For Marty, jogging has proved beneficial to body and soul. "It does a lot for me. It makes me get up out of bed in the morning at three minutes to eight in order to train. It allows me to run and look at a beautiful part of the country, all the gorgeous trees. It makes me feel good, pumped and ready for the day. And it means I look forward to the next run. Last year was the best winter I've ever had."
Marty runs by himself, and enjoys the pace of a 5K. "If I have a negative thought, I seem to be able to pound it out through running, so the winter blues have less of an effect. I run most days, by myself, but sometimes with other people. Anyone I know that's taken it up loves it.
"I use the training programme on alustforlife.com, it's brilliant. And running keeps me in a positive space, not just in the moment you're doing it, but for the rest of the day."
He credits the fresh air with lifting his spirits. "I realised that running, social interaction, eating better, and being able to talk to other people about my feelings could help, and the combination of all these things has definitely improved my quality of life. Key to it was being able to talk, and I suppose to find comfort in the empathy and understanding of friends, family and absolute strangers."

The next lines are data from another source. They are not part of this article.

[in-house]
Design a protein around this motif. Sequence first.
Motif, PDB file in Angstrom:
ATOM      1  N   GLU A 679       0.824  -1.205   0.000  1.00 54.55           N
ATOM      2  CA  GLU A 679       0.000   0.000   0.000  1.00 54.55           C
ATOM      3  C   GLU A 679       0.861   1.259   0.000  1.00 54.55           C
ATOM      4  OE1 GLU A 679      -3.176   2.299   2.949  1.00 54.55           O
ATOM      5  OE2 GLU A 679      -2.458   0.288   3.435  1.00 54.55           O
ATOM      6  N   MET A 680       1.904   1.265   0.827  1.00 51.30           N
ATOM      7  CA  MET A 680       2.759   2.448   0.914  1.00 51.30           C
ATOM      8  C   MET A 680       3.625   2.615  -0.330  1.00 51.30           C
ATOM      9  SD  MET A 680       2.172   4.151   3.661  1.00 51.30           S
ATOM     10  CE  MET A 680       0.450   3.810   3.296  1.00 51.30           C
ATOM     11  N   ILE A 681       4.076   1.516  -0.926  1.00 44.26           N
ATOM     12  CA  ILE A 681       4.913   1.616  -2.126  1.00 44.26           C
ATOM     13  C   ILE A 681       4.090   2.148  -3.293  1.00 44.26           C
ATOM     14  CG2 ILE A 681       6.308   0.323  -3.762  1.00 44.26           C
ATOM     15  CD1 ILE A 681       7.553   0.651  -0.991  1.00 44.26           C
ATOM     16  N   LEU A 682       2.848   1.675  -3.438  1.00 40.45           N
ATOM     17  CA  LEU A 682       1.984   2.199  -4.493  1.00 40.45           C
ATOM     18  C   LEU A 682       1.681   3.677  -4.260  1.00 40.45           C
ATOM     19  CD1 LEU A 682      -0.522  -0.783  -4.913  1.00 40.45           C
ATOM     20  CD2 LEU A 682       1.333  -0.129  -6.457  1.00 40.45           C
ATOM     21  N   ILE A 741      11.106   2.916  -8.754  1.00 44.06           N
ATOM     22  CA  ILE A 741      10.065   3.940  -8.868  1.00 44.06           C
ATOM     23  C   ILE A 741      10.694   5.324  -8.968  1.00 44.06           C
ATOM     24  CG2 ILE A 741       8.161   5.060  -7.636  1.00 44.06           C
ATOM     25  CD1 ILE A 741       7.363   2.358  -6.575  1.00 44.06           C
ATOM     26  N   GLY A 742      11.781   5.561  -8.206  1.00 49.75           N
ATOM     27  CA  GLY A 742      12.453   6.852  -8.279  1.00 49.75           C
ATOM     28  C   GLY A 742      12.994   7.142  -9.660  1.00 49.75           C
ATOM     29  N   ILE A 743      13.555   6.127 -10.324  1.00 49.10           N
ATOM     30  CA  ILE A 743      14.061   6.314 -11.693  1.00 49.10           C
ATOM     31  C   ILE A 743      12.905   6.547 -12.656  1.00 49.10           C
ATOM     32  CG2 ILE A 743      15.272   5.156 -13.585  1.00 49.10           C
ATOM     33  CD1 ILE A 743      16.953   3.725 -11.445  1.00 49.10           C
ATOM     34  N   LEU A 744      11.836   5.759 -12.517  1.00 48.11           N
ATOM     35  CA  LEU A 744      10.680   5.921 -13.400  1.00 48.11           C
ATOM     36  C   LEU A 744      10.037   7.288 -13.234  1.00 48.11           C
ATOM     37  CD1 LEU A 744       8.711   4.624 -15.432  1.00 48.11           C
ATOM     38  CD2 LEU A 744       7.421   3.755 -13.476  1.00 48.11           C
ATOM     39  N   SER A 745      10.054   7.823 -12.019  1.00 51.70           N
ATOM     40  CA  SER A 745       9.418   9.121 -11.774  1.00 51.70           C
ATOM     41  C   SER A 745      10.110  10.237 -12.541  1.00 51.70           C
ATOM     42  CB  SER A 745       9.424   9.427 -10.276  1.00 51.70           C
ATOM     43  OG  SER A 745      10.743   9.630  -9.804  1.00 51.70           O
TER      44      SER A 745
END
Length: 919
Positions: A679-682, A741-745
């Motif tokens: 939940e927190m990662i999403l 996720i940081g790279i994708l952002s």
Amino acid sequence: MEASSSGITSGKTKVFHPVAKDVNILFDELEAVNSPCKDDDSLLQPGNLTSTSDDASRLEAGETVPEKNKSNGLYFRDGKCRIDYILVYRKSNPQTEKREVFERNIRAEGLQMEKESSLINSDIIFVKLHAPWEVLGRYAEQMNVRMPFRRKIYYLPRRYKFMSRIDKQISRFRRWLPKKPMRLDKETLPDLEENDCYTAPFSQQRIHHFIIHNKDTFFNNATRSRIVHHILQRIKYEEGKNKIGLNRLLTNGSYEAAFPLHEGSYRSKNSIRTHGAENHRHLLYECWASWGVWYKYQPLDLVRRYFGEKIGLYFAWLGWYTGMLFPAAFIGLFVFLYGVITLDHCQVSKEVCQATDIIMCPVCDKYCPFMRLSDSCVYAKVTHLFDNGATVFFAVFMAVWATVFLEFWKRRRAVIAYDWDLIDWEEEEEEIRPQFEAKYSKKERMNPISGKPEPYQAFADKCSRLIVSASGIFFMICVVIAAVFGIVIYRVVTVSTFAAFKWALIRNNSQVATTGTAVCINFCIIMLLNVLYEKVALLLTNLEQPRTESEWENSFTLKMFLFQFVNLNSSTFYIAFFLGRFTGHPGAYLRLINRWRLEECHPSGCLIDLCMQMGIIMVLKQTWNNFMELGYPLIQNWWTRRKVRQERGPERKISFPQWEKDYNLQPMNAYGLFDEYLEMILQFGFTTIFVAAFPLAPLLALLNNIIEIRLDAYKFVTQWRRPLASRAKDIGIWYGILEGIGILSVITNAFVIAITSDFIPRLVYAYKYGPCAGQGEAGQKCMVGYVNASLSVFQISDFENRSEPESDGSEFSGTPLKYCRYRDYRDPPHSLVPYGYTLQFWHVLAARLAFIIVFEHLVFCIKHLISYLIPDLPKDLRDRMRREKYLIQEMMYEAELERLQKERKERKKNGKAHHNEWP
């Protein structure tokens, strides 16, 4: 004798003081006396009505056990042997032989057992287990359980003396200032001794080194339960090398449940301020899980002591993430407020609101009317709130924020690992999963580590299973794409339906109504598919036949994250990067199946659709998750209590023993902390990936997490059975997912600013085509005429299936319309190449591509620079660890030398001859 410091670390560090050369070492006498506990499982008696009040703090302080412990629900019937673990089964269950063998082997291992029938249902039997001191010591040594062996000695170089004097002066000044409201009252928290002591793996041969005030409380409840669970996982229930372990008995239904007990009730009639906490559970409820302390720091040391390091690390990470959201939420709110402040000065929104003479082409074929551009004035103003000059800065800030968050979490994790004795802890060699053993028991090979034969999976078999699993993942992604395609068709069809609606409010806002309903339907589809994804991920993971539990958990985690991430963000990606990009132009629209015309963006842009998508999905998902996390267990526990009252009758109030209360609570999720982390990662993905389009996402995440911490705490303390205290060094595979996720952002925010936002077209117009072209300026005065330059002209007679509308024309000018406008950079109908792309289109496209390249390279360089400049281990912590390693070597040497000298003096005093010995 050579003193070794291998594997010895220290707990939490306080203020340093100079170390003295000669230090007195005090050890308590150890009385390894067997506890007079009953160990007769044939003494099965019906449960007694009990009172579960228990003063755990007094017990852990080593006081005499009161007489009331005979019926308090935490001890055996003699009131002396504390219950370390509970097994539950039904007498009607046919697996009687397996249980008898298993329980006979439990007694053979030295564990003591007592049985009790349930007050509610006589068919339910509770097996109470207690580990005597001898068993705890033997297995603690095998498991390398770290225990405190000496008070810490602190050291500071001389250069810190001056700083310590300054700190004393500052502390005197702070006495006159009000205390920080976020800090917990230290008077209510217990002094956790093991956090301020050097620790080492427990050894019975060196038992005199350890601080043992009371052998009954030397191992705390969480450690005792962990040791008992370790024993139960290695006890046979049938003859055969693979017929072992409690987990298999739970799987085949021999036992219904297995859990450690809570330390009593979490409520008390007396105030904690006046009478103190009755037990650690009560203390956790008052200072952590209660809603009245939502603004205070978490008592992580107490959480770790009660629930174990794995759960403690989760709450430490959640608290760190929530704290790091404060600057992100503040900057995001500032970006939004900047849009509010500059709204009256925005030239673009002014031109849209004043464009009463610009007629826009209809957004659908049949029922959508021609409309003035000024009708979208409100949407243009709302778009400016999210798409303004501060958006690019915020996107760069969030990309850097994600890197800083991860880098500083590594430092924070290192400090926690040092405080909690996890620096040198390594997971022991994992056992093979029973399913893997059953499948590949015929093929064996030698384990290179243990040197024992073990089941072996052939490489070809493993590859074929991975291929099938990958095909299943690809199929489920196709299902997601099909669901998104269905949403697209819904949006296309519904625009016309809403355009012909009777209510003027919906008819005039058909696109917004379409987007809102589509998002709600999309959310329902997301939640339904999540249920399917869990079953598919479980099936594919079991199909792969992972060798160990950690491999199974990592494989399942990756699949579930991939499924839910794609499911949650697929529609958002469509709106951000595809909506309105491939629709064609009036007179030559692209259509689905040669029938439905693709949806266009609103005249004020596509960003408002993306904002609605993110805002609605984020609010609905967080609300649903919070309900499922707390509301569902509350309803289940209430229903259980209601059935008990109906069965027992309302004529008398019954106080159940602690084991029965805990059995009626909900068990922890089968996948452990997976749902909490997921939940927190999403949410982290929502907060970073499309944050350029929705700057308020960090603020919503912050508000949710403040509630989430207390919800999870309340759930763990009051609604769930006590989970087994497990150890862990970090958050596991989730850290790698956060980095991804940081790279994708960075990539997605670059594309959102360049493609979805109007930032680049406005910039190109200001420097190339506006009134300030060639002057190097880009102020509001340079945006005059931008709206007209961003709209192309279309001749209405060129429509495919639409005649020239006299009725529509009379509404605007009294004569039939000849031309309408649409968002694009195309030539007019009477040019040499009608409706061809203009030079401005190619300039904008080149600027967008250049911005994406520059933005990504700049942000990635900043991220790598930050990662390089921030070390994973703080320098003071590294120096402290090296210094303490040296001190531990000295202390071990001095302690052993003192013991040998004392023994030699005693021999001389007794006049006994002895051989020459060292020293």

His new-found love of running means Marty no longer relies on medication to lift his spirits. "I've managed to do without it, where I would have taken it before. I'm feeling better, looking better and I look in the mirror and know that I'm doing something good."
And running has had an impact on Marty's whole life - he's moving toward a healthier lifestyle on the whole and has introduced kale salads in to his diet.
Since their meeting in the pub that night, both Bressie and Marty have been on a roll when it comes to drawing positive attention to the arena of mental health. An event manager and festival producer, it's Marty that got Bressie involved with speaking in the Mindfield area of Electric Picnic on the subject of anxiety and depression, something Marty thinks is really helpful.
"I was nervous about him doing it. I was there on stage with him, and I don't normally get nervous because I'm a spoken-word artist, but I was anxious about this. Still, we were determined to make it easier for men to sit around and talk about how they're feeling. So we sat there and talked openly.
"Bressie always says he's not going to generalise; he talks about himself and what works for him."
Next up for Marty is the Cork Airport Runway 5k. "I'm really looking forward to the night time run because it's on an airport runway, with lots of people - that's not something you get to do every day.
"The last run in the Phoenix Park, I was nervous but there was such a buzz. I'd never done anything like it in my life, and I did 5K in 28 minutes. The time didn't really matter, but being part of the whole event was special because it's all about people helping each other out."
Health & Living